O.R.: The first project I worked on in relation to economy was a series of exhibitions called The global 500, which started in 1999. It was based on research on the protagonists of economic globalization, the 500 largest transnational corporations. This work could be described as a kind of analysis and criticism of hegemonic economics in the context of an exhibition. Later, I focused more on the resistance against capitalism and made the two videos mentioned. From this point on, it became the next logical step in my artistic practice to focus on concepts and models for alternatives that share a rejection of the capitalist system of rule. This topic is characterized through its absence in so many theoretical descriptions about the capitalist economy, which made it even more interesting for me to initiate my own research – which is being presented as the ongoing exhibition project “Alternative Economics, Alternative Societies.” I think it is absolutely crucial to concentrate on alternatives at a time when the neoliberal slogan “there is no alternative” still dominates.  

A.A.: What are your own ideas about democracy and alternative economies and societies? How do you view social change and societies’ development into hierarchical power structures? 

O.R.: For me, there are some basic principles that have to be fulfilled in an ideal future society: It has to be a real, direct democracy, and not this fake democracy we are forced to live in today. Basic needs of every person have to be satisfied, for example through a living wage. Enterprises should be organized through self-management by the people working in them. The power structures of state and private capital, etc., have to be dismantled. I am not sure how a society based on such principles could be best achieved and organized... I am very attached to the Zapatist concept of “asking we walk” (“preguntando caminamos”). With “asking we walk” one’s own practice is analyzed while one carves out a new path that has not been determined from the outset. This principle is also mirrored in the conceptual framework of “Alternative Economics, Alternative Societies,” as this project involves ongoing research for an ongoing project, and I do not know where it will lead to in upcoming years. 

A.A.: What are your goals and intentions with the project? How could it expand? Can you believe in utopia today? 

O.R.: The intention of the project is simply to provide people with ideas, on which a society better than the existing one might be based. Such a society should not be achieved through a kind of master-plan that some small elite has in mind. It should be a large process based on broad dialogue, involving as many people as possible. It has to be a kind of open, transparent, bottom-up policy development process. In one of the videos I realized for “Alternative Economics, Alternative Societies,” the German writer Christoph Spehr points out that utopian thinking today does not have to be prescriptive in the sense that it dictates what to do. I am very much in favor of developing a society along such non-prescriptive lines. You still might call such a society utopian, but it would be very different from the kind of utopias we have experienced in the past.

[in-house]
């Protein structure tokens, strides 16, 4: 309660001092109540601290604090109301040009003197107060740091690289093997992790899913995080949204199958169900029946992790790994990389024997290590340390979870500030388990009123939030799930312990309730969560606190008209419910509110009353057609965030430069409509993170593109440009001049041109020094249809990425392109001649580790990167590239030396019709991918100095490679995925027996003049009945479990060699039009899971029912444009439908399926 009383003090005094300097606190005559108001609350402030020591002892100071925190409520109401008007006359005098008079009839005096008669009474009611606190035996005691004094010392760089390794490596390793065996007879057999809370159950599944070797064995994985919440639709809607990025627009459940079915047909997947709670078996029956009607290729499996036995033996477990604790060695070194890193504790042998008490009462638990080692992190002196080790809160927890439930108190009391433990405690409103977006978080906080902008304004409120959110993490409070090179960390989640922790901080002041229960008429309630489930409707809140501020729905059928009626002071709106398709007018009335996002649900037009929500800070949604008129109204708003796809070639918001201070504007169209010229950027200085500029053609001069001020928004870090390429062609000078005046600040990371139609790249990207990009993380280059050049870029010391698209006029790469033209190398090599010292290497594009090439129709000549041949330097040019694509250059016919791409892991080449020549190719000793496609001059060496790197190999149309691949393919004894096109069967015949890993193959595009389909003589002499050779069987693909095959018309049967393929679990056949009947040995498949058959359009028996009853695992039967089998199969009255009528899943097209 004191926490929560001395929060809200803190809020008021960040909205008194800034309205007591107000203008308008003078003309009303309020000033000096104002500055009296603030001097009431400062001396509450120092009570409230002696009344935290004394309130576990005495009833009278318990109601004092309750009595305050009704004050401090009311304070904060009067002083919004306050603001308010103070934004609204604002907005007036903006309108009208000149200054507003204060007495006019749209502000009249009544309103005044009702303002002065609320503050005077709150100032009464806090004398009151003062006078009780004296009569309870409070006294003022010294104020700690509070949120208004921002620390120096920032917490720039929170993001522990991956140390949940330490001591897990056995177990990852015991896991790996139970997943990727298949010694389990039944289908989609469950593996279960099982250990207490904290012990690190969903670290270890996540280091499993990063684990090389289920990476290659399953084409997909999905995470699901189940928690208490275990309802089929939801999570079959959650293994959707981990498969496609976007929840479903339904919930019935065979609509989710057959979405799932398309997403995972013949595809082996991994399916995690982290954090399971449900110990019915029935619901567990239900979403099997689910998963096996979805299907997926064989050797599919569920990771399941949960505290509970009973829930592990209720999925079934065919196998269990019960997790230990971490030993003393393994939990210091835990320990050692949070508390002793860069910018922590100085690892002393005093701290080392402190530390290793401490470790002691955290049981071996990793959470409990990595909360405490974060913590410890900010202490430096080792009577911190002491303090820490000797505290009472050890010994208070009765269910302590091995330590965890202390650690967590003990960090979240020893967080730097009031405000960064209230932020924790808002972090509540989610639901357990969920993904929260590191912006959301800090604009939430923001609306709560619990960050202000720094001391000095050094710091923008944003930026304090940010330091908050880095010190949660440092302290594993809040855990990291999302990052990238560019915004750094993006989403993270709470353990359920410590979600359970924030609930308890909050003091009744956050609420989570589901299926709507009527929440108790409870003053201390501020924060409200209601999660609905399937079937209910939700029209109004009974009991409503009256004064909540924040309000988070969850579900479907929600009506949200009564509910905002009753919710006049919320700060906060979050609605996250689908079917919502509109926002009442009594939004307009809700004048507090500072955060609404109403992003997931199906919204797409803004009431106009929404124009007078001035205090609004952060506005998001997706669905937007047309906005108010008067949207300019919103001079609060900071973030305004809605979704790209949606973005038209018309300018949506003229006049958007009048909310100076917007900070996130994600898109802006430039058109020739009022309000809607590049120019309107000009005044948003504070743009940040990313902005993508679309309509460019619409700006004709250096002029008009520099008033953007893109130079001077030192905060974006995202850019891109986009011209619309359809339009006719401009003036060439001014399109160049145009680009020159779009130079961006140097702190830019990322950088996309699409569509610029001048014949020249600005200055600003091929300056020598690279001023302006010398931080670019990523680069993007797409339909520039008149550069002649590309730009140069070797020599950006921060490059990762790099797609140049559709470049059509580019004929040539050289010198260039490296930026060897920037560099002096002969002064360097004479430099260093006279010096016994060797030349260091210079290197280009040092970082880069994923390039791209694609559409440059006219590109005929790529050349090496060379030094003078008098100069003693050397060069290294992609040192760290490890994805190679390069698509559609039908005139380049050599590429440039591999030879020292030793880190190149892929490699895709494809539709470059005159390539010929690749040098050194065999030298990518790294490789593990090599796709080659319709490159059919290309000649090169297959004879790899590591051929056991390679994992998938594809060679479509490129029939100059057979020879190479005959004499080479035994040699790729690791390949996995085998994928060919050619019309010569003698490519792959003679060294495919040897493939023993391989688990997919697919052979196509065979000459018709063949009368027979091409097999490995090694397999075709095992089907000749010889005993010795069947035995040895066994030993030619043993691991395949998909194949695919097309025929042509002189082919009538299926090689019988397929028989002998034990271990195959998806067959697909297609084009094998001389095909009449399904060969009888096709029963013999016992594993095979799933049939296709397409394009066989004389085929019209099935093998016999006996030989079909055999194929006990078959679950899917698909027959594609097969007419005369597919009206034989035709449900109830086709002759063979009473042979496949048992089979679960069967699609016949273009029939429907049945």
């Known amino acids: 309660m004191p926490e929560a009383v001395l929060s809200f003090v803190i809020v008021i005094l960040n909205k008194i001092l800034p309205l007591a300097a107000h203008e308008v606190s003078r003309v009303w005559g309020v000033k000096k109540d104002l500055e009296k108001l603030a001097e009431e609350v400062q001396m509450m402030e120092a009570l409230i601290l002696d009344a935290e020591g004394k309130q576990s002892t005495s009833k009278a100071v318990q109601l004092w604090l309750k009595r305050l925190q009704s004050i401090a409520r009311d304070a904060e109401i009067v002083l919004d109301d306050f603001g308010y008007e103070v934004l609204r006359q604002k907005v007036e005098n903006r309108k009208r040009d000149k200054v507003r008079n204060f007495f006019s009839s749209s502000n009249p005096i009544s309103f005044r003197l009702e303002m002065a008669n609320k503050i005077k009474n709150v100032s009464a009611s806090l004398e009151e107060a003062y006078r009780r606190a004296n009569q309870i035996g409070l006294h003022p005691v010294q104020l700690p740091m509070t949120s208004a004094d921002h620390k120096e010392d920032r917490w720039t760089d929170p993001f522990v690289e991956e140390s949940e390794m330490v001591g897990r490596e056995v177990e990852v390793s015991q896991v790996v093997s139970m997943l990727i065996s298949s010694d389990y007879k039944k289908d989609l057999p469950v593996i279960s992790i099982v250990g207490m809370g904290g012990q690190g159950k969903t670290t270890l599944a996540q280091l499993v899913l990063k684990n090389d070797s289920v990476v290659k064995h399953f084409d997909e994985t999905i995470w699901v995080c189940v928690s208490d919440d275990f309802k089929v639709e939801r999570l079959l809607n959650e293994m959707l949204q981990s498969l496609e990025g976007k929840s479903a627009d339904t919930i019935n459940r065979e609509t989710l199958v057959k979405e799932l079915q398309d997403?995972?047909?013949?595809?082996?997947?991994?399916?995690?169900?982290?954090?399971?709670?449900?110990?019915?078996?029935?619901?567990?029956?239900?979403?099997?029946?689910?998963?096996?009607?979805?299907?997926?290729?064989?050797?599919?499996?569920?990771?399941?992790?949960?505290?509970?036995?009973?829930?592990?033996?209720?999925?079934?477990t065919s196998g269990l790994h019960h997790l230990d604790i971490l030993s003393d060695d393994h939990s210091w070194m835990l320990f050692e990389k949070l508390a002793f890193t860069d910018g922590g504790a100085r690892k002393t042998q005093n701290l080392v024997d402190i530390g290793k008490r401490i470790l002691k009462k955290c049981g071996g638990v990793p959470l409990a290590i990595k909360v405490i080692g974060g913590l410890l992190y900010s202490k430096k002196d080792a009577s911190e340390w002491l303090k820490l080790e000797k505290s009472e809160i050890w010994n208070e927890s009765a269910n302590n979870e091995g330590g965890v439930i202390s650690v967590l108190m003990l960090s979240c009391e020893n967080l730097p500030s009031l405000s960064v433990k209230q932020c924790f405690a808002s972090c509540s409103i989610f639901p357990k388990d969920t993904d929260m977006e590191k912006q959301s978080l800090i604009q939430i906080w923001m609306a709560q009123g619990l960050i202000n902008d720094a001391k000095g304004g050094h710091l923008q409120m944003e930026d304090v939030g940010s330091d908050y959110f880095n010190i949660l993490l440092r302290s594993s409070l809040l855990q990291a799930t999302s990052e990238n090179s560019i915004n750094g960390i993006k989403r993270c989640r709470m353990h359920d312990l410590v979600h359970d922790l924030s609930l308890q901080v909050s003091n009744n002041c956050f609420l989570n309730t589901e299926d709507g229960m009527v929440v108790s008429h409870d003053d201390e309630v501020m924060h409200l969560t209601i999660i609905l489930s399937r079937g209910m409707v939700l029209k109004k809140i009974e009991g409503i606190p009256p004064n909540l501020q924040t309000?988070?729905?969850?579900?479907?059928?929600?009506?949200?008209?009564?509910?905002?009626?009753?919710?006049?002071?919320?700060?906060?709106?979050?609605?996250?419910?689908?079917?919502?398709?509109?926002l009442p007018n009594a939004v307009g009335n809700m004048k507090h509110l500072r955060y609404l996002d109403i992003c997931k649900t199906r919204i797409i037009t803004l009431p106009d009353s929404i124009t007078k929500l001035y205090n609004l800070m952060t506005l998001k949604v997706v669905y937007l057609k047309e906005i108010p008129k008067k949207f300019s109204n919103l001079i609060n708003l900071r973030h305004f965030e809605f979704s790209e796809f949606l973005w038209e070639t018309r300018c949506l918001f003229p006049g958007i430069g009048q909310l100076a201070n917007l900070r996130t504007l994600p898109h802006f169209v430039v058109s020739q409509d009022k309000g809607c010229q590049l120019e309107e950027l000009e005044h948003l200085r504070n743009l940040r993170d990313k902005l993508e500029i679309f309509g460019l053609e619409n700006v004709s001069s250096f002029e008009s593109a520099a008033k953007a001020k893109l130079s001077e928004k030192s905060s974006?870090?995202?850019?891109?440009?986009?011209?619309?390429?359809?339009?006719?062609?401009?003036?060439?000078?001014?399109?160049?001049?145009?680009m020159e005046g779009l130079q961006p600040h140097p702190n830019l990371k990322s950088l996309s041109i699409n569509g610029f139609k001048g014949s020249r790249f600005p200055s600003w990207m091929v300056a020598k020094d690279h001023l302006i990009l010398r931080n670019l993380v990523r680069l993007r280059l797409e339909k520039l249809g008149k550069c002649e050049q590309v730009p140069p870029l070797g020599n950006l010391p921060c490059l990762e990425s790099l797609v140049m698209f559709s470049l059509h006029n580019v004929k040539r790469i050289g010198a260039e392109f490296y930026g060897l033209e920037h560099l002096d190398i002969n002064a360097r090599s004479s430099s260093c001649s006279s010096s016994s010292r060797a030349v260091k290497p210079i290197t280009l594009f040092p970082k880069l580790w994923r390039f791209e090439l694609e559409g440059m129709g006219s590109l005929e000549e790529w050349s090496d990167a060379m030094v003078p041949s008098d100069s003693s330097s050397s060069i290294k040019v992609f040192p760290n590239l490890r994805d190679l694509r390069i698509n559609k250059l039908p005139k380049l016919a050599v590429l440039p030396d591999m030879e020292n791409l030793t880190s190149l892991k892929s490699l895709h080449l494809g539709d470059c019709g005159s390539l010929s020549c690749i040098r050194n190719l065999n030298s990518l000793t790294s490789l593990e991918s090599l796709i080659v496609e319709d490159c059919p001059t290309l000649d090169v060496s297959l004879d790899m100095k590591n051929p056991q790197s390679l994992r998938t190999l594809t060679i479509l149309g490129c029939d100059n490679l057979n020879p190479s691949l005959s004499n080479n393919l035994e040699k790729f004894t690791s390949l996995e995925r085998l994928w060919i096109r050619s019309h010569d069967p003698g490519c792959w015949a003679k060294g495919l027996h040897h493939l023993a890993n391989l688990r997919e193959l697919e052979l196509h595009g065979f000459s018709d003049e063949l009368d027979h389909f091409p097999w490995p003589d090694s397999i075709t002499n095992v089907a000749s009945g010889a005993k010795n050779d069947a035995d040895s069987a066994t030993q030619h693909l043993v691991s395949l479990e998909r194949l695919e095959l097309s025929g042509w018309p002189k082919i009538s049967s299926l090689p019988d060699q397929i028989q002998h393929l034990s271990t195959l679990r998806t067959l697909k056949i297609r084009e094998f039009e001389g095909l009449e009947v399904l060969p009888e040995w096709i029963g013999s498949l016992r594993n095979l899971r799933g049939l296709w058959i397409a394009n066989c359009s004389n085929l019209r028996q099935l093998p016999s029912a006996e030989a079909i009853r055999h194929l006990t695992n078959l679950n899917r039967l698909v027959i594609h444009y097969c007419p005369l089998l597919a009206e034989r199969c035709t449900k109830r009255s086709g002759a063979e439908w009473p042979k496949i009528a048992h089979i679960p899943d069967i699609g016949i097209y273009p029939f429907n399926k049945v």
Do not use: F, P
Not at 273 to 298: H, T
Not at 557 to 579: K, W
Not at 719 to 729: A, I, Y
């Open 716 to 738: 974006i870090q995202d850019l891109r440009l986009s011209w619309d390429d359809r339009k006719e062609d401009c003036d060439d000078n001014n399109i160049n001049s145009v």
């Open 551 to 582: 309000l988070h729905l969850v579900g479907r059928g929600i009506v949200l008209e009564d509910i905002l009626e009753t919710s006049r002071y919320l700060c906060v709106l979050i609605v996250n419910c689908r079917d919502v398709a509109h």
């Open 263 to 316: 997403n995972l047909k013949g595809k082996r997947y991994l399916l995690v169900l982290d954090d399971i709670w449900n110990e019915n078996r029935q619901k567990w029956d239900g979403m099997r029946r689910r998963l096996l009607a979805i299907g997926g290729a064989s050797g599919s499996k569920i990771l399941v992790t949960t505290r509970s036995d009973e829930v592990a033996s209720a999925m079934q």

Within the framework of “Alternative Economics, Alternative Societies,” theoretical concepts of alternative economics and societies, historical models which might be worth considering, and some more utopian or literary concepts are presented as 20- to 37-minute long videos. For the future I would be interested in expanding this pool of videos through some currently existing examples of alternative models, which can, for example, be found in regions in South America. Some of the project’s videos also discuss strategies and ideas for transition, how to get from here to there.  

A.A.: How do you want to position your viewer? 

O.R.: Within the exhibition “Alternative Economics, Alternative Societies,” the viewer normally starts to walk around in the exhibition space reading the adhesive film lettering stuck to the floor. These texts are quotes from the videos, which are being presented on separate monitors in different parts of the exhibition space. The videos are presented non-hierarchically in the exhibition, and the several-meter-long floor texts lead the visitor directly towards the video from where the quote is taken. So a visitor normally starts to watch a video that he or she thinks might be interesting after having read the quote. Some people spend over two hours in the exhibition and watch all the videos, others watch maybe ten minutes of one video and a few minutes of another and pick out those ideas they feel are worth considering, think about them, maybe talk to other people in the exhibition, combine them with one another or with ideas they already had in mind.  

A.A.: Where can art be effective? Do you think political art has the potential to really change social debate and the political system?